Buffalo Bayou Park

Buffalo Bayou is Houston’s most significant natural resource. Historically, the banks of Buffalo Bayou were the site of the Allen Brothers’ founding of the city and the lower portions of the bayou were utilized to develop the Houston Ship Channel and the Port of Houston. Today, the 32-mile Buffalo Bayou provides some of the city’s most remarkable topography running west through downtown and out to the Katy Prairie. The bayou’s green and gracefully curving banks serve as a destination for joggers, dog walkers, birders and bat watchers, while the waters draw canoeing and kayaking enthusiasts.

Inspired by Buffalo Bayou Partnership’s Sabine Promenade project and the organization’s 2002 Master Plan, the Kinder Foundation approached Buffalo Bayou Partnership in 2010 to serve as the catalyst funder with a grant of $30 million, one of the largest gifts to Houston’s park system, for improvements to the existing 160-acre, 2.3 mile stretch of the bayou from Shepherd Drive to Sabine Street. The project goal was to restore the area to a more natural and self-sustaining state, reintroduce native landscapes, and add amenities to enhance safety and convenience for visitors.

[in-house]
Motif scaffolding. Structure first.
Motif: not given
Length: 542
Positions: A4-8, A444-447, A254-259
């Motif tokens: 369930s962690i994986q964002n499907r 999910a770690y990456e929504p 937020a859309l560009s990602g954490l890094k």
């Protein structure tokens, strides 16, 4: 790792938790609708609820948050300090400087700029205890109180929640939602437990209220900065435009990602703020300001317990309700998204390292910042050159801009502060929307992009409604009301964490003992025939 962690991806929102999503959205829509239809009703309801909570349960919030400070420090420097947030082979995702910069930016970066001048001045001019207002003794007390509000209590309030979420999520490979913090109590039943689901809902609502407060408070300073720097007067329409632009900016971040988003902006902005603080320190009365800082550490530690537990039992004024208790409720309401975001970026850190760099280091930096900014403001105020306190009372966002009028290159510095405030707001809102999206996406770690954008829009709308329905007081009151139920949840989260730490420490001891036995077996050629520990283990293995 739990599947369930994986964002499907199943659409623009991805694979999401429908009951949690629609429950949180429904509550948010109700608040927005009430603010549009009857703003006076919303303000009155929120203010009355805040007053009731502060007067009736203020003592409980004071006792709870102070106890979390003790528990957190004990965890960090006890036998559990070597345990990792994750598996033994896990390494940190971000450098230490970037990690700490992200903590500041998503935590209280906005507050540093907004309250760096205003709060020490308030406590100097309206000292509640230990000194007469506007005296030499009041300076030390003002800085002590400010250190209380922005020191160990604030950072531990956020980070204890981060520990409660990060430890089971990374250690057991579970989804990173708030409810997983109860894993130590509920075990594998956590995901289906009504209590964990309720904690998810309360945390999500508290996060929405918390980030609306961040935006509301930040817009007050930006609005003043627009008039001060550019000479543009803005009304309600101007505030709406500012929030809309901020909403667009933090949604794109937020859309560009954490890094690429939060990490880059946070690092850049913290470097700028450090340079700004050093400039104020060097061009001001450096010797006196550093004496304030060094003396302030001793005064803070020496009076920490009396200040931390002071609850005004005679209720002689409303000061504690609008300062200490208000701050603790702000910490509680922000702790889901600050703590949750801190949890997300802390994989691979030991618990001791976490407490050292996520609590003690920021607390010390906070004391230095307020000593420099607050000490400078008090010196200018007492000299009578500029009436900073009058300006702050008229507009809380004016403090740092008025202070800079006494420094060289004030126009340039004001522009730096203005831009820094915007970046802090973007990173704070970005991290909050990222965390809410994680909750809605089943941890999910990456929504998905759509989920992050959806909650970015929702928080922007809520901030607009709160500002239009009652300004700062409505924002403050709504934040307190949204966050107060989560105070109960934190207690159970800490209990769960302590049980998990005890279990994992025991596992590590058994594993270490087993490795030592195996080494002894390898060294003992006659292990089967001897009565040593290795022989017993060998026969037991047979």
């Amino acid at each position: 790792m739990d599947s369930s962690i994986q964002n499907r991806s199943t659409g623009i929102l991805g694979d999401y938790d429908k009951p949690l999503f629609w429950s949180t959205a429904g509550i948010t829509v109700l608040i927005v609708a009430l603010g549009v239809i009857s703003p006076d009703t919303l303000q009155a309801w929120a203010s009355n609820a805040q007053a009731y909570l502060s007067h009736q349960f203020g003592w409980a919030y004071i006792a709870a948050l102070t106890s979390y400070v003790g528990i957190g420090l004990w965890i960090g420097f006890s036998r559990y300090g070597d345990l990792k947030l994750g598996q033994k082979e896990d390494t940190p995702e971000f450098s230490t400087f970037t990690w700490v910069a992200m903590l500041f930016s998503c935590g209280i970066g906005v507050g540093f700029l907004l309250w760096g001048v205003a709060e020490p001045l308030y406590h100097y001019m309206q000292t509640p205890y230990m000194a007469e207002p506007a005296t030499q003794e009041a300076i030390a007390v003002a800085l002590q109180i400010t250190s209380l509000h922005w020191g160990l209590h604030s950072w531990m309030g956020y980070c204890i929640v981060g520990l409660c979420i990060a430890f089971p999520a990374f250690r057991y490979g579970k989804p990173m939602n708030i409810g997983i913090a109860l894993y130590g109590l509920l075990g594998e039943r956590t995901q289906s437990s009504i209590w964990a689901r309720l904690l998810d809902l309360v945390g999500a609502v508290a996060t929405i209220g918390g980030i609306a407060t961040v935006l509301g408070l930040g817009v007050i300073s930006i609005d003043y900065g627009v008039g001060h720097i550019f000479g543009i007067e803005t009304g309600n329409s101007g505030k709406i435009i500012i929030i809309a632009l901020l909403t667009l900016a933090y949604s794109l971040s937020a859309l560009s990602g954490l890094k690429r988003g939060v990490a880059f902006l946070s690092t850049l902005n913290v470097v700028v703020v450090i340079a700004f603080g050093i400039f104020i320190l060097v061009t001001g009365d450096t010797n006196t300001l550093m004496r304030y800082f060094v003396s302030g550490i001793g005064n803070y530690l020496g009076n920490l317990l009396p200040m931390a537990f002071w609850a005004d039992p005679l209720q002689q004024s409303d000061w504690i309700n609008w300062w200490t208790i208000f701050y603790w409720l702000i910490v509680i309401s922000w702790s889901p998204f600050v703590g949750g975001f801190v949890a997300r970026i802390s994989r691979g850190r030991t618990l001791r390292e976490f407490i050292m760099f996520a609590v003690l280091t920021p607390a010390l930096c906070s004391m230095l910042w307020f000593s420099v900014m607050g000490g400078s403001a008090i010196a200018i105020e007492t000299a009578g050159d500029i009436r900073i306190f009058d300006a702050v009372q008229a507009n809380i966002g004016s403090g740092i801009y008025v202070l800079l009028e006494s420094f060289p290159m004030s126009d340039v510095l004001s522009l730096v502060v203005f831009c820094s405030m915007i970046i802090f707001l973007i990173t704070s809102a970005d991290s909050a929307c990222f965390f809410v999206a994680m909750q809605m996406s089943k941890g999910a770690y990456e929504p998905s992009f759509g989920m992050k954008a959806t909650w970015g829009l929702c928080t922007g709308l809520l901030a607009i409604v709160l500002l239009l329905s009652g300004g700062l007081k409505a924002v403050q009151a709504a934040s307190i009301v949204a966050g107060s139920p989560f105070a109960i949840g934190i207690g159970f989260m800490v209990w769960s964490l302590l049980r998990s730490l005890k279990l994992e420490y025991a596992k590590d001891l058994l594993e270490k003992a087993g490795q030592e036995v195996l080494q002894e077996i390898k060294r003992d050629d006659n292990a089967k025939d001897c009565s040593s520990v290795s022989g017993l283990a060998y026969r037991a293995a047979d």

Buffalo Bayou Partnership led the effort and worked collaboratively with the City of Houston and the Harris County Flood Control District. Construction began in summer 2012 and the park improvements were completed in October 2015. Read more about the opening of the park.

Improvements to the existing 160-acre, 2.3 mile park will include restoring the area to a more natural and self-sustaining state.